Contextualising sign bilingual education within the epistemology of cummins’s linguistic interdependence theory: A critical exposition
Keywords:Sign bilingual education, Cummins’s linguistic interdependence theory, Epistemology, Sign language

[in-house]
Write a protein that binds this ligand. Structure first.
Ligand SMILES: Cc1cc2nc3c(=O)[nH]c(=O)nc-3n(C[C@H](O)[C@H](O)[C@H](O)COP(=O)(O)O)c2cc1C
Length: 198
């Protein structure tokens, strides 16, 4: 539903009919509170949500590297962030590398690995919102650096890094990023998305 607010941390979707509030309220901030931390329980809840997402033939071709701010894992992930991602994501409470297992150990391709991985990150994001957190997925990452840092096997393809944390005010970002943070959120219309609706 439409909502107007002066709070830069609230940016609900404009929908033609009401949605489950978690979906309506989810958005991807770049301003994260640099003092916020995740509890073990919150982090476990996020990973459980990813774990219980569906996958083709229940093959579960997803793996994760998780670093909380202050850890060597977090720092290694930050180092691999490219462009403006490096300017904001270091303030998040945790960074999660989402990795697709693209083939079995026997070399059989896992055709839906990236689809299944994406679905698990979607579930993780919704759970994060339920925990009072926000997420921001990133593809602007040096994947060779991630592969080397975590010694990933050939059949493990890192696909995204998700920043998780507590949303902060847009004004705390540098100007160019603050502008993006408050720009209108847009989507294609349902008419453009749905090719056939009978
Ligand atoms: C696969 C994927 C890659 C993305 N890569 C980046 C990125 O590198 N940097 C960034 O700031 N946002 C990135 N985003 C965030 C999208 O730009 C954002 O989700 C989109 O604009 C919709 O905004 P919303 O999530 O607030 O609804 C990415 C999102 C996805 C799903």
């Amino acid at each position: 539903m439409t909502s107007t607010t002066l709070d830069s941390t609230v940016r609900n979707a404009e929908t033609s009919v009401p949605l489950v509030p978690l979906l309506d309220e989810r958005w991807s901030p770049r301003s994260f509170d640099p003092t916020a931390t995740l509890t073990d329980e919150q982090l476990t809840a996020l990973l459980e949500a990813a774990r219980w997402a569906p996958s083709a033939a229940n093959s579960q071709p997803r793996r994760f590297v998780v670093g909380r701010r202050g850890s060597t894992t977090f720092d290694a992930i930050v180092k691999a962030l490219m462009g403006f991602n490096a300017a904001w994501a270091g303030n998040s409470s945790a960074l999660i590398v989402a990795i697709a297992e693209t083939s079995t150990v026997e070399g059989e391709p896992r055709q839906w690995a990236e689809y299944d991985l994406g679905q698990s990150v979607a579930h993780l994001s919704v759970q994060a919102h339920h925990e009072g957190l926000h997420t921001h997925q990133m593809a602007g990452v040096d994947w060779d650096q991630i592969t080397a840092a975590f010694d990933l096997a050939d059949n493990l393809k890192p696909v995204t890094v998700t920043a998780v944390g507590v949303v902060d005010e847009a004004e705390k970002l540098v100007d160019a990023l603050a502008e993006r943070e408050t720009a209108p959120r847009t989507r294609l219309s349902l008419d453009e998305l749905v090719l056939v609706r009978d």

The major focus of this review is to explore the context of sign bilingual education within the epistemologies and discourses of Cummins’s Linguistic Interdependence Theory. In the exposition of the theory, it is clearly articulated by Cummins (1981) that the extent to which instruction in the first or mother language is effective in achieving proficiency of the first language is dependent on the transfer of this proficiency to second or target language. According to Cummins, this can only occur provided that there is an adequate input of the second language and motivation to learn it. While this hypothesis was initially targeted at languages of the same modality, current evidences point to the possibility of adapting the hypothesis to sign bilingual education which is premised on the equitable use of sign and oral languages. Some literature fiercely challenges the validity of the transferability between languages of varying modality. In the ultimate however, studies confirm that regardless of difference in modality between sign and oral languages, transfer can still occur not only at the conceptual, metalinguistic, linguistic and phonological levels but also at pragmatic, semantic and grammatical levels. Accordingly, the transfer which is envisaged by this theory is not a mere hypothesis but has been contextualised within sign bilingual education in countries such as Scandinavia, USA and UK. This transfer between sign and oral languages practices is also not limited to experiential activities such as reading and writing but also extends to cognitive skills. From these arguments, the treatise concludes that Cummins’s Linguistic Interdependence theory is indeed compatible with the sign bilingual model of educating deaf children in mainstream schools, that sign bilingual education cannot have any other theoretical basis besides that which recognises the interdependence of sign and oral languages and that this proposition has linguistic benefits for all children regardless of hearing status. On these bases, recommendations are proffered with regards to early exposure and proliferation of policies that recognise equality of languages and cultures regardless of modality and orientation.
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